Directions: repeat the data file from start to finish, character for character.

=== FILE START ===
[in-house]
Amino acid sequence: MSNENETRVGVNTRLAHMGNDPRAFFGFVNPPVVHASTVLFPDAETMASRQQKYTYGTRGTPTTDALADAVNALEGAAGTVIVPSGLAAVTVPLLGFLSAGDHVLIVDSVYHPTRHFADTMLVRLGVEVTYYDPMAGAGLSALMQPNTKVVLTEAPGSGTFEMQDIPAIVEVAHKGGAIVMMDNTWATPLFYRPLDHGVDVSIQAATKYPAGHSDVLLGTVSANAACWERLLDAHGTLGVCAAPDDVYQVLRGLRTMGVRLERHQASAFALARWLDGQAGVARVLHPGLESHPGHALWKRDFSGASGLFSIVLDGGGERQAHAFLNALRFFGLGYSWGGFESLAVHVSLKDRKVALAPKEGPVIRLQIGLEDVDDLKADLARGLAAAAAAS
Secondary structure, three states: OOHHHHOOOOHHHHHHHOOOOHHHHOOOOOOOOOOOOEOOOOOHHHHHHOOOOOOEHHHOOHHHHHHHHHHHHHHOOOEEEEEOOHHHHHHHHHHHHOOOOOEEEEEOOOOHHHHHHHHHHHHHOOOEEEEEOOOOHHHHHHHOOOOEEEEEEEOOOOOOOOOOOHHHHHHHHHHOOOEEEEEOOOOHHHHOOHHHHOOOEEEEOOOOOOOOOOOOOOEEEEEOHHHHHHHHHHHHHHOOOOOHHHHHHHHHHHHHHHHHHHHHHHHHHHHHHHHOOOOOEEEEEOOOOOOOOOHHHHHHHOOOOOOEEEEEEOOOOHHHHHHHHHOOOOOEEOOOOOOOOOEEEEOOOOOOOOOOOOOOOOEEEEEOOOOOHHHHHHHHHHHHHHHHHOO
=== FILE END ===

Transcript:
[in-house]
Amino acid sequence: MSNENETRVGVNTRLAHMGNDPRAFFGFVNPPVVHASTVLFPDAETMASRQQKYTYGTRGTPTTDALADAVNALEGAAGTVIVPSGLAAVTVPLLGFLSAGDHVLIVDSVYHPTRHFADTMLVRLGVEVTYYDPMAGAGLSALMQPNTKVVLTEAPGSGTFEMQDIPAIVEVAHKGGAIVMMDNTWATPLFYRPLDHGVDVSIQAATKYPAGHSDVLLGTVSANAACWERLLDAHGTLGVCAAPDDVYQVLRGLRTMGVRLERHQASAFALARWLDGQAGVARVLHPGLESHPGHALWKRDFSGASGLFSIVLDGGGERQAHAFLNALRFFGLGYSWGGFESLAVHVSLKDRKVALAPKEGPVIRLQIGLEDVDDLKADLARGLAAAAAAS
Secondary structure, three states: OOHHHHOOOOHHHHHHHOOOOHHHHOOOOOOOOOOOOEOOOOOHHHHHHOOOOOOEHHHOOHHHHHHHHHHHHHHOOOEEEEEOOHHHHHHHHHHHHOOOOOEEEEEOOOOHHHHHHHHHHHHHOOOEEEEEOOOOHHHHHHHOOOOEEEEEEEOOOOOOOOOOOHHHHHHHHHHOOOEEEEEOOOOHHHHOOHHHHOOOEEEEOOOOOOOOOOOOOOEEEEEOHHHHHHHHHHHHHHOOOOOHHHHHHHHHHHHHHHHHHHHHHHHHHHHHHHHOOOOOEEEEEOOOOOOOOOHHHHHHHOOOOOOEEEEEEOOOOHHHHHHHHHOOOOOEEOOOOOOOOOEEEEOOOOOOOOOOOOOOOOEEEEEOOOOOHHHHHHHHHHHHHHHHHOO